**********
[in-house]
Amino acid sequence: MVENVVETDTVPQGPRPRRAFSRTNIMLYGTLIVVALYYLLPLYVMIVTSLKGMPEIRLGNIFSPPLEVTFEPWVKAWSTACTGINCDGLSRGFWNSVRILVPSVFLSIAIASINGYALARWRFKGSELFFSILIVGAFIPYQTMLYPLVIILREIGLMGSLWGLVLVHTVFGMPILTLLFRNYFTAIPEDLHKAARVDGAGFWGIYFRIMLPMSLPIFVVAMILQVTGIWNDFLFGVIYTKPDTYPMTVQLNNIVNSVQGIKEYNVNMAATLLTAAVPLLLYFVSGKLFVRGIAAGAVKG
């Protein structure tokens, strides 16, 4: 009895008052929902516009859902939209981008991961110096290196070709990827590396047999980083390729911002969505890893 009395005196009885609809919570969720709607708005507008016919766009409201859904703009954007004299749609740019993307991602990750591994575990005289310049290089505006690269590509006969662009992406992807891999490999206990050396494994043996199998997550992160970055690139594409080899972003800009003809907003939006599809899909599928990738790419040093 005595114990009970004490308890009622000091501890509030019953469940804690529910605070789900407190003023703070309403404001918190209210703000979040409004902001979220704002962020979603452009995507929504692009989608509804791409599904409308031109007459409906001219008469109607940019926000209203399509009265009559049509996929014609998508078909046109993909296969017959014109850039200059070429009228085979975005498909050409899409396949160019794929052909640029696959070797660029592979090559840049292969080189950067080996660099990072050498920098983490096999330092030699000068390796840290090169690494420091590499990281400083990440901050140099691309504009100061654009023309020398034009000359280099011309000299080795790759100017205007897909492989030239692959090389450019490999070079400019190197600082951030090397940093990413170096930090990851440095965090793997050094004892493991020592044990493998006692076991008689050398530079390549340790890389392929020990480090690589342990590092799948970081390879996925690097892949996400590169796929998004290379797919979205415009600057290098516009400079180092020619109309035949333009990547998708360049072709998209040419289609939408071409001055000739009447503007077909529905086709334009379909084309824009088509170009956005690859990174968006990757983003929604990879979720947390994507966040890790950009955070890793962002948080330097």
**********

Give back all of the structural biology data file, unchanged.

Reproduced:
[in-house]
Amino acid sequence: MVENVVETDTVPQGPRPRRAFSRTNIMLYGTLIVVALYYLLPLYVMIVTSLKGMPEIRLGNIFSPPLEVTFEPWVKAWSTACTGINCDGLSRGFWNSVRILVPSVFLSIAIASINGYALARWRFKGSELFFSILIVGAFIPYQTMLYPLVIILREIGLMGSLWGLVLVHTVFGMPILTLLFRNYFTAIPEDLHKAARVDGAGFWGIYFRIMLPMSLPIFVVAMILQVTGIWNDFLFGVIYTKPDTYPMTVQLNNIVNSVQGIKEYNVNMAATLLTAAVPLLLYFVSGKLFVRGIAAGAVKG
């Protein structure tokens, strides 16, 4: 009895008052929902516009859902939209981008991961110096290196070709990827590396047999980083390729911002969505890893 009395005196009885609809919570969720709607708005507008016919766009409201859904703009954007004299749609740019993307991602990750591994575990005289310049290089505006690269590509006969662009992406992807891999490999206990050396494994043996199998997550992160970055690139594409080899972003800009003809907003939006599809899909599928990738790419040093 005595114990009970004490308890009622000091501890509030019953469940804690529910605070789900407190003023703070309403404001918190209210703000979040409004902001979220704002962020979603452009995507929504692009989608509804791409599904409308031109007459409906001219008469109607940019926000209203399509009265009559049509996929014609998508078909046109993909296969017959014109850039200059070429009228085979975005498909050409899409396949160019794929052909640029696959070797660029592979090559840049292969080189950067080996660099990072050498920098983490096999330092030699000068390796840290090169690494420091590499990281400083990440901050140099691309504009100061654009023309020398034009000359280099011309000299080795790759100017205007897909492989030239692959090389450019490999070079400019190197600082951030090397940093990413170096930090990851440095965090793997050094004892493991020592044990493998006692076991008689050398530079390549340790890389392929020990480090690589342990590092799948970081390879996925690097892949996400590169796929998004290379797919979205415009600057290098516009400079180092020619109309035949333009990547998708360049072709998209040419289609939408071409001055000739009447503007077909529905086709334009379909084309824009088509170009956005690859990174968006990757983003929604990879979720947390994507966040890790950009955070890793962002948080330097």